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Portus00In the video available to visitors to the Fiumicino Ship Museum next to Rome's international airport, the archaeologist Renato Sebastiani states that without the ancient port of Ostia the greatness of imperial Rome would not have been possible, a metropolis of about one million inhabitants. Certainly a statement that can be shared, but it is only one side of a coin that seems to have many, well more than two. And here we have to open a necessary digression.




AncoMarzioOstia (from ostium i.e. mouth, gate, entrance) was founded by King Ancus Marzius in the 7th century BC: his descendant Quintus Marcius Rex (surname left to the members of the family) built the Aqua Marcia aqueduct 500 years later, issuing a coin that shows Ancus Martius on the obverse and the aqueduct on the reverse.

This is further confirmation of a theorem never sufficiently appreciated and disseminated: Civilizations are born from the sea, and from water. Destroyed by the barbarian invasions in 572 a.D. the Acqua Marcia aqueduct was restored and reactivated in 1872. It is still in operation and supplies one of the most appreciated drinking water sources in Rome after about 2200 years.


RipaGrandeWe can expand on Sebastiani's statement: Rome would never even have been founded without the sea, nor would it have ever grown great without water. The first agglomeration was in fact established in the eighth century BC near the meeting place of three different ethnic groups divided by as many rivers.

The Etruscans lived on the right side of the Tiber, the Sabines occupied the territory between the Tiber and its tributary Aniene, the Latins lived on the left sides of the Aniene and the Tiber.

Among the exchanges of the three peoples who had decided to make water a meeting point and not a separation point, salt was the primary commodity: it came from the nearby coast, about 15 km as the crow flies. It was extracted in the Etruscan area, transported to Rome along the river or along the road which, until a century ago, was still called via della Salara Vecchia, then forwarded to the internal territories of Central Italy along what is still called via Salaria today.

The foundation of Ostia, which happened in a later period, had the purpose of providing Rome with a port near the mouth of the Tiber, to transport foodstuffs to Rome by river boats, but also to put an end to the Etruscan monopoly on the extraction of salt. In the following centuries Ostia expanded to adapt to the growth of Rome. In the imperial era, two new grandiose ports were built to cope with the growing traffic: in the middle of the first century BC by the emperor Claudius and about 70 years later by Trajan. The complex simply took the name of Portus.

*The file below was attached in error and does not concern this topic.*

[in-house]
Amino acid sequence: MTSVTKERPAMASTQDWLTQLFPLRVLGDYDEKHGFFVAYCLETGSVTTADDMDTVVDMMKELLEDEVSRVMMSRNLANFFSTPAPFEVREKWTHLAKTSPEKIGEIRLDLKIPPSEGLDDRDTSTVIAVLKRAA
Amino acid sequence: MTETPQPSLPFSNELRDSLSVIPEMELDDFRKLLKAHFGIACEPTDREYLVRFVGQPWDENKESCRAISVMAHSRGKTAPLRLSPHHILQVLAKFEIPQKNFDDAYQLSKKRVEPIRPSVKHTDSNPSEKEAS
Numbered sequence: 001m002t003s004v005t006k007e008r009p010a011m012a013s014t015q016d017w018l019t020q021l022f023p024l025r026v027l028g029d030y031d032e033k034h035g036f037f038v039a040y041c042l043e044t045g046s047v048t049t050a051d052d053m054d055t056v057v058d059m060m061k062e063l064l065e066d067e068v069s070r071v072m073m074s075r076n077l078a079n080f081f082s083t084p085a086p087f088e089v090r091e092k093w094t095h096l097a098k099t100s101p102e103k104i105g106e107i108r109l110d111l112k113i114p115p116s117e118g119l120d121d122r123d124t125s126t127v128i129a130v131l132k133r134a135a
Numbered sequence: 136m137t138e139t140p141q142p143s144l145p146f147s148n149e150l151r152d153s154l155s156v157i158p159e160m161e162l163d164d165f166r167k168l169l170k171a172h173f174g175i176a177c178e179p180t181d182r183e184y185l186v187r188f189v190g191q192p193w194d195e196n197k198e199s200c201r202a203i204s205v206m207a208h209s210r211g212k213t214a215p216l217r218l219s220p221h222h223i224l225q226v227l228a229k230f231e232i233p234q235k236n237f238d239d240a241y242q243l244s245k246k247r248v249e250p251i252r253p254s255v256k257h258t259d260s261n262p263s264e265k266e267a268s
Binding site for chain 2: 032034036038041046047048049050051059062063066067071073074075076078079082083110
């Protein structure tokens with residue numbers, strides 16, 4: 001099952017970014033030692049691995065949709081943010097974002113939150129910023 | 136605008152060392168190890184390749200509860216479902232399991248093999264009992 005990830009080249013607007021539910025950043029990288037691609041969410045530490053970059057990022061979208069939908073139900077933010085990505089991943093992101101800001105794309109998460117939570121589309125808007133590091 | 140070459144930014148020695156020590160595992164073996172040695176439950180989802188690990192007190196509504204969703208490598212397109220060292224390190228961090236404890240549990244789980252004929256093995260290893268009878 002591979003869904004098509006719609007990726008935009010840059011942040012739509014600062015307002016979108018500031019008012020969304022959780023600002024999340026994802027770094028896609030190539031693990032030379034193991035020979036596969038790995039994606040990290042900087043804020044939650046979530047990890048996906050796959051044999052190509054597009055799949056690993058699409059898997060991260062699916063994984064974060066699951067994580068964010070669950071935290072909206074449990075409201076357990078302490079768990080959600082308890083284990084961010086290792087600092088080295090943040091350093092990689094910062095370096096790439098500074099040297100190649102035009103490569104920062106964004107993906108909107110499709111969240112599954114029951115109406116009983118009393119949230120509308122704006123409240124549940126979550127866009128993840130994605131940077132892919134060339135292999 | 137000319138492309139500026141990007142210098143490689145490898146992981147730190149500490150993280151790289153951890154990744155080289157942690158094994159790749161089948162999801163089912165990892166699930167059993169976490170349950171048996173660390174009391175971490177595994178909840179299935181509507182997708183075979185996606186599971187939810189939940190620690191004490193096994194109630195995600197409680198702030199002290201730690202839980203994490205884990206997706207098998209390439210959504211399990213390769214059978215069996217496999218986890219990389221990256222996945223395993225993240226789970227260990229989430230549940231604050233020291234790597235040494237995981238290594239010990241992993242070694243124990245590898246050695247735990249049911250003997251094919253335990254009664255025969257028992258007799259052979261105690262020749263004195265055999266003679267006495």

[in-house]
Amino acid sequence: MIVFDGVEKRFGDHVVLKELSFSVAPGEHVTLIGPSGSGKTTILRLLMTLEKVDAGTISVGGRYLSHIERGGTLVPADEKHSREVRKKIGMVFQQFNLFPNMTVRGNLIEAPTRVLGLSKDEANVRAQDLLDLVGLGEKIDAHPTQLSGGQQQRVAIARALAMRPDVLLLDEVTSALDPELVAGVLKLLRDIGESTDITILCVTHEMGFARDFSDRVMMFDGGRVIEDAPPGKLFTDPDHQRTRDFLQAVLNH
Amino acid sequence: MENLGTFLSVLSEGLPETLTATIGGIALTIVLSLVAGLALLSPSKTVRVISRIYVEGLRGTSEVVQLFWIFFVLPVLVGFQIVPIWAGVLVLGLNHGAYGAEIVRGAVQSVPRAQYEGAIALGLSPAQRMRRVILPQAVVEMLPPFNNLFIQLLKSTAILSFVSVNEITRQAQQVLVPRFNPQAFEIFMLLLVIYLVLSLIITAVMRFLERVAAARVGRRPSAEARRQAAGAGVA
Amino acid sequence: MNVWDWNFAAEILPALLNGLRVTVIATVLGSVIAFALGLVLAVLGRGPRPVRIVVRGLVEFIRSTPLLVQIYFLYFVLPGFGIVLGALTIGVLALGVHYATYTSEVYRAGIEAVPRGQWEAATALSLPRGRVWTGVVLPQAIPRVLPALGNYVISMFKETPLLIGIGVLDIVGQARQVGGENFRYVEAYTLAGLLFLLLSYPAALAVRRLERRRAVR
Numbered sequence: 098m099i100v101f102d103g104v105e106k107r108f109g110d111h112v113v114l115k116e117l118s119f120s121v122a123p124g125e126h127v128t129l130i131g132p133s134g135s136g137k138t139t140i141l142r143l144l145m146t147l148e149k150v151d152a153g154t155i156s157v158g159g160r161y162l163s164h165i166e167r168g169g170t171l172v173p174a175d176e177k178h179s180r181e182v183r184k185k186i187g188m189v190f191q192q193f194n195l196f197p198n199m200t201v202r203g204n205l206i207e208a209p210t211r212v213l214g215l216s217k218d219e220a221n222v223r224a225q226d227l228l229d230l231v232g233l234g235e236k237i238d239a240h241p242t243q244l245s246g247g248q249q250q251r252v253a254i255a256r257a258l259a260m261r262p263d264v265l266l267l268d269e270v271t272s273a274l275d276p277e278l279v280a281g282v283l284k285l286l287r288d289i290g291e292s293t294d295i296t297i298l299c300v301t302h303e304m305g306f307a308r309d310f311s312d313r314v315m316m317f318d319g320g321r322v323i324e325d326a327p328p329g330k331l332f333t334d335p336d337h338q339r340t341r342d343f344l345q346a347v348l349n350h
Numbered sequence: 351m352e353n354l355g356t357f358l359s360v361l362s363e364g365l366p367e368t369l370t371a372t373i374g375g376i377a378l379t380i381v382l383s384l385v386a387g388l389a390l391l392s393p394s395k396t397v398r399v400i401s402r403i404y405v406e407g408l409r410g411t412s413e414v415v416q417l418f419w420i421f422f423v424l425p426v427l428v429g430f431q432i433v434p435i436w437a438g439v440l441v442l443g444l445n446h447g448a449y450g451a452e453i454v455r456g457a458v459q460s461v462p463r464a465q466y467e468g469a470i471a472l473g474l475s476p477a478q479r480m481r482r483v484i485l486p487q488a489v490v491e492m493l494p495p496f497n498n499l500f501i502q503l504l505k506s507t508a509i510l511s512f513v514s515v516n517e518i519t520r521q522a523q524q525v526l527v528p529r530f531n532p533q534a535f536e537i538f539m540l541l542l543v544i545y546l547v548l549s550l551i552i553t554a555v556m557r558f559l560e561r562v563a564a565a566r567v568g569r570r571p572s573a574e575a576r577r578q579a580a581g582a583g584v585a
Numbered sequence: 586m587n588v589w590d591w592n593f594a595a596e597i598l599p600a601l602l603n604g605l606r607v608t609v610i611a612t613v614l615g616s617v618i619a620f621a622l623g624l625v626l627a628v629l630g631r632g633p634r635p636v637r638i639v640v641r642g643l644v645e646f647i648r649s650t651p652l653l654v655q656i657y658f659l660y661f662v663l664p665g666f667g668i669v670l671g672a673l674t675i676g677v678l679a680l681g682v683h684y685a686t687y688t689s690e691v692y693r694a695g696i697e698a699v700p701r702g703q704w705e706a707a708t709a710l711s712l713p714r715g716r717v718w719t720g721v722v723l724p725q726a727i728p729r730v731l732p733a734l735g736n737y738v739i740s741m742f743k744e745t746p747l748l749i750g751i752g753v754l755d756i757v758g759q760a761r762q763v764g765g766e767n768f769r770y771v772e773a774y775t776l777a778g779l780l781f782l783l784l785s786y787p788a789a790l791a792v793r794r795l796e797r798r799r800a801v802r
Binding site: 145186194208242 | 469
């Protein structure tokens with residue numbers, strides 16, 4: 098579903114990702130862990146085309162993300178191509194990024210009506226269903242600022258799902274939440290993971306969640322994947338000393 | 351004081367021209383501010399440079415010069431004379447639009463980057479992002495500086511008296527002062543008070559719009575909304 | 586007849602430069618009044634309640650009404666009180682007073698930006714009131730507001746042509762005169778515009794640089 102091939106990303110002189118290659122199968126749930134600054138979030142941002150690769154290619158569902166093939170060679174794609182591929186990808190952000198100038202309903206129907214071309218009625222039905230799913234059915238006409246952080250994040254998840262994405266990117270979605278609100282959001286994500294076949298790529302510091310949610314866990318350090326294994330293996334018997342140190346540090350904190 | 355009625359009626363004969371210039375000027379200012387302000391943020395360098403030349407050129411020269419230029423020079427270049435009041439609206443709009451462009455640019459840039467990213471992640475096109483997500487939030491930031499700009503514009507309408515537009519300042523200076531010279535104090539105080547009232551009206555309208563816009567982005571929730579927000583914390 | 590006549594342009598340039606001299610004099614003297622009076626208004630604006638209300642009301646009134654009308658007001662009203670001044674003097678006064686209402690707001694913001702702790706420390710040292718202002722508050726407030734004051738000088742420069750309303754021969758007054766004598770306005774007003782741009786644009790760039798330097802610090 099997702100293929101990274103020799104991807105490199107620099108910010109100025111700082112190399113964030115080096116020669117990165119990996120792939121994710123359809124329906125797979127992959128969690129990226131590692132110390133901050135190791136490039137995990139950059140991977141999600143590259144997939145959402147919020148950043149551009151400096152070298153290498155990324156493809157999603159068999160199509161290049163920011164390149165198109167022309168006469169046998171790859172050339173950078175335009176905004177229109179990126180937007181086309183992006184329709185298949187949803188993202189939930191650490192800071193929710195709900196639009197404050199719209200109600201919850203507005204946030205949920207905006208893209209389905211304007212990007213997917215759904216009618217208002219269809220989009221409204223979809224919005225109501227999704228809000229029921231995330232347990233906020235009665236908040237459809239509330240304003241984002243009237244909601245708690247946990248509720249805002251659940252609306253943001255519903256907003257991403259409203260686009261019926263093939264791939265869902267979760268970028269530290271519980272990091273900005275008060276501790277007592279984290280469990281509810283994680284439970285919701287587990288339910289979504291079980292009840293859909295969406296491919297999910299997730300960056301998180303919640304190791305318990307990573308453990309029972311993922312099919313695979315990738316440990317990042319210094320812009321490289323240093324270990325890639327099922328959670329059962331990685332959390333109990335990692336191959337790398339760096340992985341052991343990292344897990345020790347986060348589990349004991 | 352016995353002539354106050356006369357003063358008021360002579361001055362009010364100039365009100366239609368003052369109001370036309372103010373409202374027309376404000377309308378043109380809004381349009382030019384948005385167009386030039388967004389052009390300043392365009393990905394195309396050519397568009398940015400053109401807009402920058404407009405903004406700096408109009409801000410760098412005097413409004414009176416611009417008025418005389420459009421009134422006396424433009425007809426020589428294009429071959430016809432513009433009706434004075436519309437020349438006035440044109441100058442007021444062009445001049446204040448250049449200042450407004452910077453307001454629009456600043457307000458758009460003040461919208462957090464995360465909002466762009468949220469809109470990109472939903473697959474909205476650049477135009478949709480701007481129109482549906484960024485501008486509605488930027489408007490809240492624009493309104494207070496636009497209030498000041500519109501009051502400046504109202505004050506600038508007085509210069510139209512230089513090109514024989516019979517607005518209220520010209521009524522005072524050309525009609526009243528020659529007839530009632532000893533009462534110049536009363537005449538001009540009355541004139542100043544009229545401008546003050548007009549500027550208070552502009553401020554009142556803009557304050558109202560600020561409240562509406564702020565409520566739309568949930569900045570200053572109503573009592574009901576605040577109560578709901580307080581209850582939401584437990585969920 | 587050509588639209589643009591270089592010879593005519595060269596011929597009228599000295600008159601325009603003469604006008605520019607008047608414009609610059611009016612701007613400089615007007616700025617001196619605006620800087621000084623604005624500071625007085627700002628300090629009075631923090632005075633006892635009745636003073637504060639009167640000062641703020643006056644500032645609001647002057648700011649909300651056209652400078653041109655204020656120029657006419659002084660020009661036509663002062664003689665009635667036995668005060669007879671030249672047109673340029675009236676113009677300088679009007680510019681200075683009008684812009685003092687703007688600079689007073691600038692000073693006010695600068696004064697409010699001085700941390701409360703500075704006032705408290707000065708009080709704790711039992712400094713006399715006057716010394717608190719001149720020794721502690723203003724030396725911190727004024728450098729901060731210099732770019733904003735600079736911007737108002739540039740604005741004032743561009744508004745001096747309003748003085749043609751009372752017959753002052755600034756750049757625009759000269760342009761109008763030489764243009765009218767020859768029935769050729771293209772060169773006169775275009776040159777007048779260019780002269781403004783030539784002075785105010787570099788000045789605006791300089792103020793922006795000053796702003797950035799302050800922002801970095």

CostaThe sediments transported by the Tiber made the coastline advance over the centuries: both Ostia and Portus found themselves more and more inland and were abandoned.

The ruins of what is now called Ostia Antica offer visitors a spectacular insight into life 2,000 years ago, comparable to that offered by Pompeii.

The port of Trajan, an immense magnificent hexagonal structure, can also be visited.

The port of Claudius has instead sunk underground and only a few ruins are visible today.

During the construction work on the airport at the end of the 1950s, the remains of some boats also emerged. 




Three types of boats were recovered:

A small sailing boat called 'onoraria':
This was an open sea cargo vessel.

Three 'naves caudicaria':
river barges that transhipped goods to Rome.

The caudicarius was someone who placed a deposit. Perhaps the barges were called like this because the transporter could redeem the deposit upon showing the receipt of the addressee of the merchandise.

And a fishing boat:
called Fiumicino 5

We are about to talk more about it. But we shall not just talk about that boat.